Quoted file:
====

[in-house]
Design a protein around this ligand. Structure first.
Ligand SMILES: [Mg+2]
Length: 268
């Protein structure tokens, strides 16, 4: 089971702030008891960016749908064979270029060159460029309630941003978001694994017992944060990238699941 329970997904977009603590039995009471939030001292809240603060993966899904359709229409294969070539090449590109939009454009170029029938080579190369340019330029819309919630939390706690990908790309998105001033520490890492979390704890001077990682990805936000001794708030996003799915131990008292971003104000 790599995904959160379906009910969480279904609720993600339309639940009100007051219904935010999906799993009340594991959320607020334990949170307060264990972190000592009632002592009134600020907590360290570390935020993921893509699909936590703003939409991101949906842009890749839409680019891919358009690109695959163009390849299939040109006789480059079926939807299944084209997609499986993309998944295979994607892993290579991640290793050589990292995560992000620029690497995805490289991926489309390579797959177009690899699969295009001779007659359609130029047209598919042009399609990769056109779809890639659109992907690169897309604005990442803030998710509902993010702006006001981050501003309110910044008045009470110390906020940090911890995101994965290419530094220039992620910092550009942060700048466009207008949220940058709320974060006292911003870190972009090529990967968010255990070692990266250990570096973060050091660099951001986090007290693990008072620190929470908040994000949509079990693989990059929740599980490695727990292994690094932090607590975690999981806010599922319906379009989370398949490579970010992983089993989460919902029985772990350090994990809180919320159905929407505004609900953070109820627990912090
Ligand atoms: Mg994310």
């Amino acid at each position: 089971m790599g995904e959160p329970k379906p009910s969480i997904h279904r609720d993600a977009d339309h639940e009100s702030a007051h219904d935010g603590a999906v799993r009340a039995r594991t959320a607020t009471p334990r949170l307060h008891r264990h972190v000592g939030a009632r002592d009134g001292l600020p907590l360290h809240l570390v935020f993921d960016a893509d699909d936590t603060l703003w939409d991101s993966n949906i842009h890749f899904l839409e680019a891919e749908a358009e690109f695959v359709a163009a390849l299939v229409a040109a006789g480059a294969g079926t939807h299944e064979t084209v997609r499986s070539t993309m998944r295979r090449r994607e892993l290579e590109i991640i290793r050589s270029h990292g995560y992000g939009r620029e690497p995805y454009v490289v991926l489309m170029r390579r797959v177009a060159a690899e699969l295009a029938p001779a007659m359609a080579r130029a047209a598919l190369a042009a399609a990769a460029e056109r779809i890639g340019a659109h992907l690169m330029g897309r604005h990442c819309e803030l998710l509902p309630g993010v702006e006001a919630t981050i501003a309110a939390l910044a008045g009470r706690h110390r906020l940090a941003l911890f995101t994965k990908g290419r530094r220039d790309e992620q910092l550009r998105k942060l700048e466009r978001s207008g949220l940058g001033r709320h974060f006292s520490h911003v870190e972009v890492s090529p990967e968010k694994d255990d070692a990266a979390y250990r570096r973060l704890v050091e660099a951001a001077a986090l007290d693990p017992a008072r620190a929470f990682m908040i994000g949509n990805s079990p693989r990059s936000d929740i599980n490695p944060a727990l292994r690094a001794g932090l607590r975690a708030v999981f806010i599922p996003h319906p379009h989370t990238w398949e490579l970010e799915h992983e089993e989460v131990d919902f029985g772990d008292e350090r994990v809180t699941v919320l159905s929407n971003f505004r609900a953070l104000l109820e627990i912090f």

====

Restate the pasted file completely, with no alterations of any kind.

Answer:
[in-house]
Design a protein around this ligand. Structure first.
Ligand SMILES: [Mg+2]
Length: 268
């Protein structure tokens, strides 16, 4: 089971702030008891960016749908064979270029060159460029309630941003978001694994017992944060990238699941 329970997904977009603590039995009471939030001292809240603060993966899904359709229409294969070539090449590109939009454009170029029938080579190369340019330029819309919630939390706690990908790309998105001033520490890492979390704890001077990682990805936000001794708030996003799915131990008292971003104000 790599995904959160379906009910969480279904609720993600339309639940009100007051219904935010999906799993009340594991959320607020334990949170307060264990972190000592009632002592009134600020907590360290570390935020993921893509699909936590703003939409991101949906842009890749839409680019891919358009690109695959163009390849299939040109006789480059079926939807299944084209997609499986993309998944295979994607892993290579991640290793050589990292995560992000620029690497995805490289991926489309390579797959177009690899699969295009001779007659359609130029047209598919042009399609990769056109779809890639659109992907690169897309604005990442803030998710509902993010702006006001981050501003309110910044008045009470110390906020940090911890995101994965290419530094220039992620910092550009942060700048466009207008949220940058709320974060006292911003870190972009090529990967968010255990070692990266250990570096973060050091660099951001986090007290693990008072620190929470908040994000949509079990693989990059929740599980490695727990292994690094932090607590975690999981806010599922319906379009989370398949490579970010992983089993989460919902029985772990350090994990809180919320159905929407505004609900953070109820627990912090
Ligand atoms: Mg994310």
């Amino acid at each position: 089971m790599g995904e959160p329970k379906p009910s969480i997904h279904r609720d993600a977009d339309h639940e009100s702030a007051h219904d935010g603590a999906v799993r009340a039995r594991t959320a607020t009471p334990r949170l307060h008891r264990h972190v000592g939030a009632r002592d009134g001292l600020p907590l360290h809240l570390v935020f993921d960016a893509d699909d936590t603060l703003w939409d991101s993966n949906i842009h890749f899904l839409e680019a891919e749908a358009e690109f695959v359709a163009a390849l299939v229409a040109a006789g480059a294969g079926t939807h299944e064979t084209v997609r499986s070539t993309m998944r295979r090449r994607e892993l290579e590109i991640i290793r050589s270029h990292g995560y992000g939009r620029e690497p995805y454009v490289v991926l489309m170029r390579r797959v177009a060159a690899e699969l295009a029938p001779a007659m359609a080579r130029a047209a598919l190369a042009a399609a990769a460029e056109r779809i890639g340019a659109h992907l690169m330029g897309r604005h990442c819309e803030l998710l509902p309630g993010v702006e006001a919630t981050i501003a309110a939390l910044a008045g009470r706690h110390r906020l940090a941003l911890f995101t994965k990908g290419r530094r220039d790309e992620q910092l550009r998105k942060l700048e466009r978001s207008g949220l940058g001033r709320h974060f006292s520490h911003v870190e972009v890492s090529p990967e968010k694994d255990d070692a990266a979390y250990r570096r973060l704890v050091e660099a951001a001077a986090l007290d693990p017992a008072r620190a929470f990682m908040i994000g949509n990805s079990p693989r990059s936000d929740i599980n490695p944060a727990l292994r690094a001794g932090l607590r975690a708030v999981f806010i599922p996003h319906p379009h989370t990238w398949e490579l970010e799915h992983e089993e989460v131990d919902f029985g772990d008292e350090r994990v809180t699941v919320l159905s929407n971003f505004r609900a953070l104000l109820e627990i912090f």